Note: I changed SRG’s default class name from ‘postpermonth’ to ‘archivelist’.

That’s All

Well, that’s pretty much it. I hope you guys find this useful. Feedback and corrections are always appreciated.

Update 2/25/09: This method was tested and works on SRG Clean Archives version 2.1. This version is old! Please check out all of the feature upgrades for the plugin from it’s home page. If you still want to proceed with my method, you can download the plugin here:

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Comments

1. Sean

Hey Alissa.

Thanks for the mention and use of my clean archives wordpress plugin. It looks really nice with your theme.

As you mentioned, I coded and commented everything really nice so just about any person with little to no programming skills can use it as well as for the advanced users like yourself who like to get into things and tweak it to taste.

Be sure you’re running my latest release 4.0.4 as there was a few things cleaned up and also an admin area security fix.

Thanks again your your use and support.

2. Bill

Thanks for the instructions: I am trying to get this working in WP 2.7.1 but get this error. Any idea of what I am doing wrong. I am using the lastest version of srg_clean_archives.

Fatal error: Call to undefined function srg_clean_archives() in /home/freegpl/public_html/wp-content/themes/stripped-mc/archive.php on line 10

3. Alissa Miller

@Bill

Ok, three things here.

1: It looks like you’re installation of WordPress can’t find the srg_clean_archives function. Whenever you get a PHP error with “Call to undefined function” in it, it means that the function couldn’t be found.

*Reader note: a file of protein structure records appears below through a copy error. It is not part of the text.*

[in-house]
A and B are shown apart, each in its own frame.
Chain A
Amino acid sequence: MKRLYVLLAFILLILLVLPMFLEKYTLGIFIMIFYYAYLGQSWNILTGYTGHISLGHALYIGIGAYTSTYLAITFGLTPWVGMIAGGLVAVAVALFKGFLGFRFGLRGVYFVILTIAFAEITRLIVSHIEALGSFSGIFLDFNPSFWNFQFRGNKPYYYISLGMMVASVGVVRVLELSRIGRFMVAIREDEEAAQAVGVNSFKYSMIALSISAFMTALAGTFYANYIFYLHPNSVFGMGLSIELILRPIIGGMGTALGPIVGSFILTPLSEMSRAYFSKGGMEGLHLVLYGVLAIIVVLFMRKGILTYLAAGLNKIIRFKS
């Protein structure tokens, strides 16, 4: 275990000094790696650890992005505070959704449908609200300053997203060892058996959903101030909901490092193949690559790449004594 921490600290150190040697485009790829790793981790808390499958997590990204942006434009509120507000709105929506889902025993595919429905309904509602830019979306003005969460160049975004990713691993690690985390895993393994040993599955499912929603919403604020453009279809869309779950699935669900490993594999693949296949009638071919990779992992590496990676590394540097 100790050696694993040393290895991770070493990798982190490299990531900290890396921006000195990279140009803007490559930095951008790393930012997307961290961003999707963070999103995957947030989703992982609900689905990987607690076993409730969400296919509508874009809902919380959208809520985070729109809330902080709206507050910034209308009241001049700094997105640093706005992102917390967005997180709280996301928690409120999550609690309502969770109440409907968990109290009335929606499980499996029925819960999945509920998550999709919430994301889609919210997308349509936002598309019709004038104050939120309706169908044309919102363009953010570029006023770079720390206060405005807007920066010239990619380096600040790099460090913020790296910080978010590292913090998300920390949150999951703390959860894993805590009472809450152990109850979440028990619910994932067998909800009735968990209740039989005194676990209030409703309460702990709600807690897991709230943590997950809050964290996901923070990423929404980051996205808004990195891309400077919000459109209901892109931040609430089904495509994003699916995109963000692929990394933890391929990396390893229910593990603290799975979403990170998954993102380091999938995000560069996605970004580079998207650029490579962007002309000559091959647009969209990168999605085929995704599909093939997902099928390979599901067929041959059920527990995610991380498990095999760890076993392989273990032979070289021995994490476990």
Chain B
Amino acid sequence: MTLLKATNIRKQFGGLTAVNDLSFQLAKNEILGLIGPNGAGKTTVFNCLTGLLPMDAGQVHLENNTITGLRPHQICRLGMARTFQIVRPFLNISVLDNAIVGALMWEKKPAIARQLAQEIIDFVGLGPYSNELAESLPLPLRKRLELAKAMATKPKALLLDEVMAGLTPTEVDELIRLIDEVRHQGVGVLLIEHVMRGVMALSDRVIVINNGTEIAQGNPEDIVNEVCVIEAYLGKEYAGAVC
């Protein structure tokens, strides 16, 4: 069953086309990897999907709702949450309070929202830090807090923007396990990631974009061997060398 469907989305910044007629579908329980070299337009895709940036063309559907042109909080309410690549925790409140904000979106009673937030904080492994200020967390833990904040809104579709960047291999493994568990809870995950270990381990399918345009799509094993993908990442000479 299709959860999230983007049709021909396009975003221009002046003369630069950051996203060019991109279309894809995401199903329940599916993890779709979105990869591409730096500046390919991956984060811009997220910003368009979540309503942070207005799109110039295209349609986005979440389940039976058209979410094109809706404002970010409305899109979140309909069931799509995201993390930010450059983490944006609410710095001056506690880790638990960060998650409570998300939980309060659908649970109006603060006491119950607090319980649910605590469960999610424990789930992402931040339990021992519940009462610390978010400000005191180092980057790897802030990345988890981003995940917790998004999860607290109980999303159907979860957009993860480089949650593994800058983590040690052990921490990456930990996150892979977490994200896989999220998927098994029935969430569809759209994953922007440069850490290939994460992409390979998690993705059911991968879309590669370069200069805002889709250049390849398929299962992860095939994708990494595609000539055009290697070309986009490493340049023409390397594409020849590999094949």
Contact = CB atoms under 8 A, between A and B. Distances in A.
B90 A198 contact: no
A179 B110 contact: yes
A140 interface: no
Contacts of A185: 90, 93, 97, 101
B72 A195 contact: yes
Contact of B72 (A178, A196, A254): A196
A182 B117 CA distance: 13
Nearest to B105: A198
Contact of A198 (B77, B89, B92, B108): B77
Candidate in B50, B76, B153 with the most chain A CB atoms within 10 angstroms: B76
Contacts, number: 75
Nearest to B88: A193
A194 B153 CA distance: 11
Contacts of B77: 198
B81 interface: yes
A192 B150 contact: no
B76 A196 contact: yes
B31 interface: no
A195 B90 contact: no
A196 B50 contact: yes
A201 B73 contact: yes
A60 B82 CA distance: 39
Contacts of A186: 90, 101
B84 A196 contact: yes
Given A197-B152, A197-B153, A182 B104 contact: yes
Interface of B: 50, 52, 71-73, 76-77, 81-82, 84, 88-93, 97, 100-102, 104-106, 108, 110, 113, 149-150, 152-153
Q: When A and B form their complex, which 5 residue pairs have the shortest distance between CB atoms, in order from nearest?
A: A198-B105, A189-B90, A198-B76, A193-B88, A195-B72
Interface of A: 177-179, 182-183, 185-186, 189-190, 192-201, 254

The method of calling the function I listed in this post originally is bad because in the case that the function can’t be found, a fatal error will be thrown (breaking your blog).

Here’s what it looked like before:

<div id="content" class="widecolumn"> <?php srg_clean_archives(); ?> </div>

Here’s what you should change the line to:

<div id="content" class="widecolumn"> <?php if (function_exists(’srg_clean_archives’)) { srg_clean_archives(); } ?> </div>

This way your blog will not break if the function can’t be found.

2: Now, the question is why can’t the function be found? You shouldn’t have any problems with the latest version of this plugin (4.3) and WordPress 2.7.1.

Have you placed the plugin in the correct location? Have you activated the plugin?

3: The version of SRG Clean Archives that I was using when this post was written was version 2.1. That was quite a while ago and since then there have been a lot of changes with the plugin. I strongly recommend you check out the plugin page and see if you like the changes that have been made. If so, forget my customizations.

If you really want to do what I did with the plugin, and use an old, unsupported version of it, you can download it from this link:

SRG Clean Archives version 2.1